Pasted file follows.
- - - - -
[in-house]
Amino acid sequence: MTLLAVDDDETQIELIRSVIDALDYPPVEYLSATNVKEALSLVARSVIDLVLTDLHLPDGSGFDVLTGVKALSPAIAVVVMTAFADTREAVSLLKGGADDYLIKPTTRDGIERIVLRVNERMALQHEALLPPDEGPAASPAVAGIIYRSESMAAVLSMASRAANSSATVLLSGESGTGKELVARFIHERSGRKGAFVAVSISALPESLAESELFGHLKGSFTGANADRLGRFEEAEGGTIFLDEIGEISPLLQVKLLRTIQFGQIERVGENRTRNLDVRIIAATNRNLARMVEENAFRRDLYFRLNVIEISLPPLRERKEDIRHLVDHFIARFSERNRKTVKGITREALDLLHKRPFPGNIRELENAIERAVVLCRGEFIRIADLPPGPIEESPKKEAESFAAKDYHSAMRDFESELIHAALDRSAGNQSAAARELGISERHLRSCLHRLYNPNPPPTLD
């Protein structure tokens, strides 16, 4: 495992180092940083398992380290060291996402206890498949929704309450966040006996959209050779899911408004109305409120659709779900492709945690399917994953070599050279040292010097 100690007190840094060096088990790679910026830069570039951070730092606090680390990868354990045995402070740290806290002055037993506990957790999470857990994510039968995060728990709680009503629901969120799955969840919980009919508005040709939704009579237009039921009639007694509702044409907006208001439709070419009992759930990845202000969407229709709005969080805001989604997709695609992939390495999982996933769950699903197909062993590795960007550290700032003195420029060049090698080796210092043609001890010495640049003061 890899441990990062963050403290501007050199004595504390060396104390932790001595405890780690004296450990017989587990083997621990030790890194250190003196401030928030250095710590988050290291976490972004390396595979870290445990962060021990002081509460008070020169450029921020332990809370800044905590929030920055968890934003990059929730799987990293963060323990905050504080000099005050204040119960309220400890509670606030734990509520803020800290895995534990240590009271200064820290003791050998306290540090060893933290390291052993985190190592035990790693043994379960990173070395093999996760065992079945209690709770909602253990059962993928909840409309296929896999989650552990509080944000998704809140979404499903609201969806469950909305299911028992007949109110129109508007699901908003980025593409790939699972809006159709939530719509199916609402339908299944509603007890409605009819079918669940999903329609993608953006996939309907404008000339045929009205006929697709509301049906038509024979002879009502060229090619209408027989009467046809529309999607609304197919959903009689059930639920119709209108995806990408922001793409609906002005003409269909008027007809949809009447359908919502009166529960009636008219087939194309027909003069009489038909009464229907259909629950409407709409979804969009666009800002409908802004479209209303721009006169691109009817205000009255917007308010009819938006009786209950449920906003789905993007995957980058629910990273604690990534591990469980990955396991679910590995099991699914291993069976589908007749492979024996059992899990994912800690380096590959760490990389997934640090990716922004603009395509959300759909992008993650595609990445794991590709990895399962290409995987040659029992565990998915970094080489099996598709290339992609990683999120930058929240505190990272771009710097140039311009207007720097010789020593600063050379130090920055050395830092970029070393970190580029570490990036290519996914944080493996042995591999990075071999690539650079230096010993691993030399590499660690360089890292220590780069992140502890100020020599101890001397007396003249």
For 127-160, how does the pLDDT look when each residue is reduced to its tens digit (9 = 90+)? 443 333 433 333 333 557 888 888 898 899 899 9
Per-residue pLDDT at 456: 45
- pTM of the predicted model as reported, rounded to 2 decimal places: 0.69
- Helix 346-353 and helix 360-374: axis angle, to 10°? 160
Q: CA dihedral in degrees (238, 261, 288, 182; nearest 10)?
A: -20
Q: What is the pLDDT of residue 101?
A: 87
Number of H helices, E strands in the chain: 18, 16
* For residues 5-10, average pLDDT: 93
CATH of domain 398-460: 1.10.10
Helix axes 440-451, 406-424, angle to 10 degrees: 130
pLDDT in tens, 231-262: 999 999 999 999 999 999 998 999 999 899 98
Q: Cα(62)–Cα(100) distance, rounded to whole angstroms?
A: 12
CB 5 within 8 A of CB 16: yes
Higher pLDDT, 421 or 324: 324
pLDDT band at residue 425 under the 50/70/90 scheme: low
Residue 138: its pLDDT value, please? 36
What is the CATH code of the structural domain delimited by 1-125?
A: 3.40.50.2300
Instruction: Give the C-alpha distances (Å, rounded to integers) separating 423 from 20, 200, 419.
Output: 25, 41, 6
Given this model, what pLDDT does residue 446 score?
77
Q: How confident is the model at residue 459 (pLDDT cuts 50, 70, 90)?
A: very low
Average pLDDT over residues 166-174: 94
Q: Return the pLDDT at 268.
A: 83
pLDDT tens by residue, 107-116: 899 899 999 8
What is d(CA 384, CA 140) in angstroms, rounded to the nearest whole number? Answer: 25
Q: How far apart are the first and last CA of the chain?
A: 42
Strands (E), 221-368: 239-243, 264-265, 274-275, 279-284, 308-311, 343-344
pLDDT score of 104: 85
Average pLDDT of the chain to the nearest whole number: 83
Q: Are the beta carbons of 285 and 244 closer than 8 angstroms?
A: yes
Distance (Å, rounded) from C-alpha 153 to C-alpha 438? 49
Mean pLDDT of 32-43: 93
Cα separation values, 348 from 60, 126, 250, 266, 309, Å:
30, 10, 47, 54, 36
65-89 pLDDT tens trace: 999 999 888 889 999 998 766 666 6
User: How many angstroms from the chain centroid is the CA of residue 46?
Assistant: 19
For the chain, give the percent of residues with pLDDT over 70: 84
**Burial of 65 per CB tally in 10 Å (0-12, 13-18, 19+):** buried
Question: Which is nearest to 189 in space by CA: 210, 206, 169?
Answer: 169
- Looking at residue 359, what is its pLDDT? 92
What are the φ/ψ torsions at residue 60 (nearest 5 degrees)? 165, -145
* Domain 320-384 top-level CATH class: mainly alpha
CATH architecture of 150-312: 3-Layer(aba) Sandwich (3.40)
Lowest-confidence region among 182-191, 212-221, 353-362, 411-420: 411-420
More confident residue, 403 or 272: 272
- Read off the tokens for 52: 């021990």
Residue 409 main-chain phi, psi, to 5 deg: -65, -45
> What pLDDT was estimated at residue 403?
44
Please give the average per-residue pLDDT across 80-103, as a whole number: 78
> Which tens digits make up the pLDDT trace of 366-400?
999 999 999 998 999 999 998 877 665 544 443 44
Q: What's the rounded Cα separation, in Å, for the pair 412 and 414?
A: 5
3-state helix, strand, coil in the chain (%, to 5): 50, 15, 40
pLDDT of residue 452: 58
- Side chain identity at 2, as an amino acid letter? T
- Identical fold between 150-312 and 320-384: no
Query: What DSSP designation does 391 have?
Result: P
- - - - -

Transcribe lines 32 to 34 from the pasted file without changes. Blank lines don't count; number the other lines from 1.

Q: Return the pLDDT at 268.
A: 83
pLDDT tens by residue, 107-116: 899 899 999 8